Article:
404: Panic Attacks sometimes make me disassociate and pass out

In this week's podcast, we're discussing a listener question about what you can do if panic attacks cause you to pass out, struggle with making decisions, or dissociate yourself from the world.

Listener question: "Anxiety causes me, at its’ worst, panic attacks that result in me passing out. At other times, anxiety makes me question my thoughts and feelings and causes me to dissociate myself from people and activities that I enjoy."

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Notes from this episode

*Firstly, if you haven’t already, please see a doctor to check there isn’t a physiological or nutritional cause behind the passing out.*

A little about dissociation

Dissociation can occur as a protective state for someone with an overloaded nervous system. It's a way of stepping back and shutting off from further disturbance.

If you suspect there is trauma at the root of your suffering we recommend working with a counsellor for support.

How Grounding Practices can help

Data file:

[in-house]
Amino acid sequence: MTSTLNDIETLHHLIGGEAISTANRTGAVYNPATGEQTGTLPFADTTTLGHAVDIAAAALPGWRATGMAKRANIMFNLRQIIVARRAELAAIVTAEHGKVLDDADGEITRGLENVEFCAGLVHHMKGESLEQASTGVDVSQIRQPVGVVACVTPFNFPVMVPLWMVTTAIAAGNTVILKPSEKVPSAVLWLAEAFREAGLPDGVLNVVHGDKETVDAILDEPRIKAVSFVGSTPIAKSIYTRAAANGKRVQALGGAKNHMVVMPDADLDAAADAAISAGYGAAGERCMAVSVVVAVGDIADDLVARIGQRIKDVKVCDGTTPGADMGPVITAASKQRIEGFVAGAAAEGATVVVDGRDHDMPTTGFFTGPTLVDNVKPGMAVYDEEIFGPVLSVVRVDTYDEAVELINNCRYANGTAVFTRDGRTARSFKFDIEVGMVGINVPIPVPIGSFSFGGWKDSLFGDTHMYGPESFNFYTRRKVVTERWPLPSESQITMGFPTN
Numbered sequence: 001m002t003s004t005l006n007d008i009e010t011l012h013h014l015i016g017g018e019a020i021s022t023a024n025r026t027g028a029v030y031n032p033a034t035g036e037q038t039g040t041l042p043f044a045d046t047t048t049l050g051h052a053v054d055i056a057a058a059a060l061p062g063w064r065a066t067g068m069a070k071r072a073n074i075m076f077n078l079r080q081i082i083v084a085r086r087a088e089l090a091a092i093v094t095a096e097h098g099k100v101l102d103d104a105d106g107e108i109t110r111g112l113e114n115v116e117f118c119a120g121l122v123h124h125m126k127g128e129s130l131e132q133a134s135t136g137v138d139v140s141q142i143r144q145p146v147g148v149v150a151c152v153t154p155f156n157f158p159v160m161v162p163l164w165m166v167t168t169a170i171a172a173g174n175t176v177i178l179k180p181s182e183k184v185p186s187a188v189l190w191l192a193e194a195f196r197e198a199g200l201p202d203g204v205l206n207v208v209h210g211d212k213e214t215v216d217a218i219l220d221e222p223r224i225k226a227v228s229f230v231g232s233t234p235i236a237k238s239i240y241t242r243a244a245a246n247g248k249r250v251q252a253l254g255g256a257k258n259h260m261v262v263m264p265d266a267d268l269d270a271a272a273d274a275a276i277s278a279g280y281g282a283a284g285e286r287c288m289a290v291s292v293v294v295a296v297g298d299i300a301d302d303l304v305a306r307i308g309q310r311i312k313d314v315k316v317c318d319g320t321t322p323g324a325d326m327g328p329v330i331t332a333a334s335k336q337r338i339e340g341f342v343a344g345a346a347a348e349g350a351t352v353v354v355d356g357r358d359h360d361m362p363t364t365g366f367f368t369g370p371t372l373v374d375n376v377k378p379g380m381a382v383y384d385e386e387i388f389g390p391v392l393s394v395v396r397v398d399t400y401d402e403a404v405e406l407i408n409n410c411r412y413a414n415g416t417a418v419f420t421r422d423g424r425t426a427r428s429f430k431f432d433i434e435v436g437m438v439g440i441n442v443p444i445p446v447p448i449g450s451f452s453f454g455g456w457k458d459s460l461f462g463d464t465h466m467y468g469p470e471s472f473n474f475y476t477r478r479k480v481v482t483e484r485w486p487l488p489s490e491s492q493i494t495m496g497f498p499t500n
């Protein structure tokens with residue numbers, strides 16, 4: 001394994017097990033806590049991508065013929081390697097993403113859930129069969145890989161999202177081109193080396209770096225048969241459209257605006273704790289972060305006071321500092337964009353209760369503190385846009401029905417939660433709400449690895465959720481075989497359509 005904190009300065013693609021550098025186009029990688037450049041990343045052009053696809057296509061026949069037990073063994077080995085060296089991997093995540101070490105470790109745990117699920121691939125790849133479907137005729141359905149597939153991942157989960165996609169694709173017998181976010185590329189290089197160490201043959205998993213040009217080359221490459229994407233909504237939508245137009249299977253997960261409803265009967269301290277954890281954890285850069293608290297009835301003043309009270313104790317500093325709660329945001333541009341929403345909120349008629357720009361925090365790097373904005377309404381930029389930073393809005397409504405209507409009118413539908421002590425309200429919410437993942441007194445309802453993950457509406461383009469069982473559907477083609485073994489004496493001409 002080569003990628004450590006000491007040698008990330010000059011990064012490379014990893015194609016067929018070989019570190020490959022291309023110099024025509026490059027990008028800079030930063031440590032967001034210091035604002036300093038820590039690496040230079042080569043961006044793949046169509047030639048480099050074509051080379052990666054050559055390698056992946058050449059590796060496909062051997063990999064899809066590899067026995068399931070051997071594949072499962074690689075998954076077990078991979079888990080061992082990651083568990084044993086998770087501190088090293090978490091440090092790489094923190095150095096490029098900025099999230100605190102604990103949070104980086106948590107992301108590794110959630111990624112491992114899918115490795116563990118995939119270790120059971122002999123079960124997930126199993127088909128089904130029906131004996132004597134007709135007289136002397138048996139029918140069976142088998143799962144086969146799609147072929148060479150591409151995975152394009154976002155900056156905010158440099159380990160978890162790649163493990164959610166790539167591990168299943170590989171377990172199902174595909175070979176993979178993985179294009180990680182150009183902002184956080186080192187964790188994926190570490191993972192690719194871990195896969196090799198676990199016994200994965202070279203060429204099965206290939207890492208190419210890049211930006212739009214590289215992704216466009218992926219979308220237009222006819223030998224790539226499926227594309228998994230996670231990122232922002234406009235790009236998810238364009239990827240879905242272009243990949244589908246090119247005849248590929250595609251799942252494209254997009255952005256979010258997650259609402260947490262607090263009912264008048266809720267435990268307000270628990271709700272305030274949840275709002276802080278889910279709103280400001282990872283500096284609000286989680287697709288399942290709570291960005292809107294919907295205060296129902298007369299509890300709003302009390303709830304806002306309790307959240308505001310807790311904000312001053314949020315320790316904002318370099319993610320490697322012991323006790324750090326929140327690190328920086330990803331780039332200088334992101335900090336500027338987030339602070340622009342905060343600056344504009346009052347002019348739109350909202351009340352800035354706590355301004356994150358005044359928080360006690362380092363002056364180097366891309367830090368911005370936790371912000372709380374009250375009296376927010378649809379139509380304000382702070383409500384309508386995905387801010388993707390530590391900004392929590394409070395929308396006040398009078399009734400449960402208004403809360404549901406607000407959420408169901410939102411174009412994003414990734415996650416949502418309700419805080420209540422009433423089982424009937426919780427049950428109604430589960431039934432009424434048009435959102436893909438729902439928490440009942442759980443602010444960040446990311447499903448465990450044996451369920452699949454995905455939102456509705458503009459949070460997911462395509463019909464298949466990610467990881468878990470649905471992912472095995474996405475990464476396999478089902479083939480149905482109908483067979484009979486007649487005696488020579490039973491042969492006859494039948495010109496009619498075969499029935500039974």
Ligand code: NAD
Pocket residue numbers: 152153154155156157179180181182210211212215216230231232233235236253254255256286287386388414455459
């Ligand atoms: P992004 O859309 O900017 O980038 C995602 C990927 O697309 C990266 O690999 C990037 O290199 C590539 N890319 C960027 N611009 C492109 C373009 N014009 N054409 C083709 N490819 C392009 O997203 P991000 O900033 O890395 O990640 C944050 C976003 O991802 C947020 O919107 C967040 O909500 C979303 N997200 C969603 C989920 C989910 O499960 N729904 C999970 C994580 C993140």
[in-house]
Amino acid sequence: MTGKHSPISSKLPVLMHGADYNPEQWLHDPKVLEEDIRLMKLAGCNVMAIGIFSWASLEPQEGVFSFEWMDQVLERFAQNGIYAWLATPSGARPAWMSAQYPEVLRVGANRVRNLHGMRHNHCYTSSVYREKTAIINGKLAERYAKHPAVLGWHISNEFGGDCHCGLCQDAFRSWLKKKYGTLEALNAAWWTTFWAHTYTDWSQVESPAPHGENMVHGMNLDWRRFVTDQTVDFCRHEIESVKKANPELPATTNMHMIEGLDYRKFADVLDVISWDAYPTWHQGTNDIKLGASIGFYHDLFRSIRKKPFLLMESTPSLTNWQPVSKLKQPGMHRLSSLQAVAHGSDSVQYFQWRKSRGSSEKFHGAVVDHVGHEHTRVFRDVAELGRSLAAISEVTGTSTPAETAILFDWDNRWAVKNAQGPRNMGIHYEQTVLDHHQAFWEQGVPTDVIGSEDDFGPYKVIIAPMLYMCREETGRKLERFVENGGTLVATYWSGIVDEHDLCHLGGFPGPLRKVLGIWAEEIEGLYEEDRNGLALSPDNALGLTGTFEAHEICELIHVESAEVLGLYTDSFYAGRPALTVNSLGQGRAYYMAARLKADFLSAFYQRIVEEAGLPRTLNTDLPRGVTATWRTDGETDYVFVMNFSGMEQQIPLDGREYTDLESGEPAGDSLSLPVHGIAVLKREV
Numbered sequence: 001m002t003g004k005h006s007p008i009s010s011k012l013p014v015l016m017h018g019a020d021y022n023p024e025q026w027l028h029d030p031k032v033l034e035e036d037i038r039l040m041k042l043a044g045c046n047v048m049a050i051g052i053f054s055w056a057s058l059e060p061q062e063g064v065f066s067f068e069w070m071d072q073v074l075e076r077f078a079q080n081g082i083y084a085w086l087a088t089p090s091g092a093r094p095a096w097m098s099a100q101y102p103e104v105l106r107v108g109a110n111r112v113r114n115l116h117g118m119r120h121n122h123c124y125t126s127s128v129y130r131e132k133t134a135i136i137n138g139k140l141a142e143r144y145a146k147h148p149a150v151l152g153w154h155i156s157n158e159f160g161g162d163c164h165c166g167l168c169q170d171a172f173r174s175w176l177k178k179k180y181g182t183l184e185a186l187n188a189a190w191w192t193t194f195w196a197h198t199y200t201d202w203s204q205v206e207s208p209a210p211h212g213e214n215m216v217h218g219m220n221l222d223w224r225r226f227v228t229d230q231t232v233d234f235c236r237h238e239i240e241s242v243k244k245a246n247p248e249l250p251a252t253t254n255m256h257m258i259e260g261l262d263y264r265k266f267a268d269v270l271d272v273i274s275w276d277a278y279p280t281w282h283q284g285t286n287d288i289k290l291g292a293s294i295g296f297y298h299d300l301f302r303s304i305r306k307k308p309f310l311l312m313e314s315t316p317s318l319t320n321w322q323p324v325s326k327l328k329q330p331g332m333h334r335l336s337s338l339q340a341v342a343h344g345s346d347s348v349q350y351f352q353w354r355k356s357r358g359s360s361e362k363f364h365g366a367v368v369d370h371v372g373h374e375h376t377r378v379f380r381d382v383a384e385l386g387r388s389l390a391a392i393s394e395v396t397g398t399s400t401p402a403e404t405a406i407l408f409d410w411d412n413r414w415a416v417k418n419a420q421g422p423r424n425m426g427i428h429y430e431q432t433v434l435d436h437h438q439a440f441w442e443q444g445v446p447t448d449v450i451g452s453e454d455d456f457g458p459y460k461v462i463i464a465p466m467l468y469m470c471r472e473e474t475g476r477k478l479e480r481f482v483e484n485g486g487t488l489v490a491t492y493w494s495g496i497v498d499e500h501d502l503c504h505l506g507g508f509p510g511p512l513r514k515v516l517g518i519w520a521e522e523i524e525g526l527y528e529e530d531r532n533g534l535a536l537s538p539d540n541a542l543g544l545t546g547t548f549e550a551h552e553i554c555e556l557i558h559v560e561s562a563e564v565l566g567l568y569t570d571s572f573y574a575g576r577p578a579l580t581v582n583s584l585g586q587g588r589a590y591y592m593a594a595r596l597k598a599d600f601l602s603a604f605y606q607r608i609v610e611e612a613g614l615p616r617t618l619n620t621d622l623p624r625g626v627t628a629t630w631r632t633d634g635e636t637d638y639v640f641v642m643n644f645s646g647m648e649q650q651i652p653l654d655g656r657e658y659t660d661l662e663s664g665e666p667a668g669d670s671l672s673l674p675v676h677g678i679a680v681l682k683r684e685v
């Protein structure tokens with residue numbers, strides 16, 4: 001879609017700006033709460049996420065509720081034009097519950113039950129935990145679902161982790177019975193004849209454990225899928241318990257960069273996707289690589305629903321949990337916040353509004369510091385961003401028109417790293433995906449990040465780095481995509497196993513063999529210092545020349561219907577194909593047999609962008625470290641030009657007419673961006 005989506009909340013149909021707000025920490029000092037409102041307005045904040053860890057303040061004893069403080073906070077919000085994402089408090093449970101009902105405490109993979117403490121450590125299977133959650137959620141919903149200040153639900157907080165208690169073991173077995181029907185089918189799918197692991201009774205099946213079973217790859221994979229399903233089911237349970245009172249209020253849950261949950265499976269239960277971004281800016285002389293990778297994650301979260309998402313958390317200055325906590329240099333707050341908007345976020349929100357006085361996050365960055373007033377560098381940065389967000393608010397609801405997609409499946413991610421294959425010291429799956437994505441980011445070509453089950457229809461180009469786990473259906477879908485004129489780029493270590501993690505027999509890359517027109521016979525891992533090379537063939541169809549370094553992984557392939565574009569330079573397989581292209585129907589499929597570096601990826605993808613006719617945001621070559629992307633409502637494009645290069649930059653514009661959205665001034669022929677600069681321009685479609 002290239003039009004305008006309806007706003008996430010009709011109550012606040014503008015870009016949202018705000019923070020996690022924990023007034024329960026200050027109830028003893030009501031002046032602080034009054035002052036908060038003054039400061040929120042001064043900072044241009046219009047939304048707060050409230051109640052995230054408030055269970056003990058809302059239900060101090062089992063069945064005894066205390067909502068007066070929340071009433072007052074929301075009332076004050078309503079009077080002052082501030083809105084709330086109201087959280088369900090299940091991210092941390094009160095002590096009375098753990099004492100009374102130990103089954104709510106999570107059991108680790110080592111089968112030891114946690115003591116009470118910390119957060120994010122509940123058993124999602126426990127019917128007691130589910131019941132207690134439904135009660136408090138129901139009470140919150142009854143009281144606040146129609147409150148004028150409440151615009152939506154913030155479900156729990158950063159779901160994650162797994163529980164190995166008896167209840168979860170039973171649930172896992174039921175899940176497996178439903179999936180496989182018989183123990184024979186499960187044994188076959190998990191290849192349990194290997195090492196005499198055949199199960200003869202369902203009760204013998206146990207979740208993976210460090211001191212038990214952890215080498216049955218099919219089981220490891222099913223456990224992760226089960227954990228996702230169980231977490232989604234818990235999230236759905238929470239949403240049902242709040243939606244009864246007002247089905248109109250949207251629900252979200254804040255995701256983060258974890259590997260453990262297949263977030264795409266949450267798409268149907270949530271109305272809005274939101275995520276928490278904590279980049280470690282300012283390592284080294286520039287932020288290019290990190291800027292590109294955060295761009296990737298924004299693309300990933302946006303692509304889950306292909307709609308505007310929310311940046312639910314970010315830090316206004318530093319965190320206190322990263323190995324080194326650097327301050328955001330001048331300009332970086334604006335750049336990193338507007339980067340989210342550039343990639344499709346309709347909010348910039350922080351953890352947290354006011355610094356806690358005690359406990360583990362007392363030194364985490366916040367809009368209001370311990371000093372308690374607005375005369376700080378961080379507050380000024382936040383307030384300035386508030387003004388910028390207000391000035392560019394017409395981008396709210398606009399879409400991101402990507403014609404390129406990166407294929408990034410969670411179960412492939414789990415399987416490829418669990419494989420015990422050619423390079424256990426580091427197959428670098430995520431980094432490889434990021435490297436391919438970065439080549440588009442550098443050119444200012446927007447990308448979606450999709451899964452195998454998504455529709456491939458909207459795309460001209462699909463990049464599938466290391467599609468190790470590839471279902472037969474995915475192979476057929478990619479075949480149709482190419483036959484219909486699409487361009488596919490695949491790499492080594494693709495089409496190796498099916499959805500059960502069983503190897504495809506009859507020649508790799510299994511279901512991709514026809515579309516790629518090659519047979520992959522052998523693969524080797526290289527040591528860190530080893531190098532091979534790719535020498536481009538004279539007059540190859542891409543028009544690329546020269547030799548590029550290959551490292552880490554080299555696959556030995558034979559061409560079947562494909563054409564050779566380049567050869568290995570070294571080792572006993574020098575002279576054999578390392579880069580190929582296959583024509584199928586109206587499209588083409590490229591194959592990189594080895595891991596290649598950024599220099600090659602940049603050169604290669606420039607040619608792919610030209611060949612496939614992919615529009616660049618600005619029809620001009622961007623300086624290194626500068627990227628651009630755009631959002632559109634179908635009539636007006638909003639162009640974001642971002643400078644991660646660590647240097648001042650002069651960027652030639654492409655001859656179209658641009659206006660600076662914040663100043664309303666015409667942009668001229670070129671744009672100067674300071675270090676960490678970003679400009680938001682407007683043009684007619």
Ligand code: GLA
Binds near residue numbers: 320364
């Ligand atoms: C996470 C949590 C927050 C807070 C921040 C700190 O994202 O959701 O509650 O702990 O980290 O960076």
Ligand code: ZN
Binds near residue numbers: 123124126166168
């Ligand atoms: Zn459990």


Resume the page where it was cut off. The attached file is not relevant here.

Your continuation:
Exercises that encourage mindful movement with full awareness of your breath and body are helpful because they draw you into the present moment.

Working with self-awareness is the perfect antidote for overcoming the feelings of mounting stress and anxiety that can lead to dissociation. Practice bringing your awareness to your breath and your feet connecting with the ground and paying full attention to that connection.

Mindful walking is another way of doing this. If you're looking to balance frequent spells of disconnection we recommend practising mindful walking daily for at least 20 minutes.

Practice engaging your senses in your surroundings with this simple mindfulness for calming anxiety practice:

List five things you can see, four things you can touch, three things you can hear, two things you can smell, one thing you can taste.

This listener question also mentions dissociating from people and activities. Conscious reconnection can help. Try brining your awareness to the people you are with; pick one person at a time and look at them, hear them, consciously connect with them via your attention in a similar way to practising mindful walking.

And you can do the same with your activities too. For example, if you enjoy baking you could try mindfully baking bread by drawing your senses to notice colours, textures, temperature, sounds and smells. Kneading dough is a great activity for getting grounded and bringing your senses in to the present moment.

Tapping Points that help when you feel faint

Ananga teaches Meridian Tapping points for stopping fainting and feeling more grounded.


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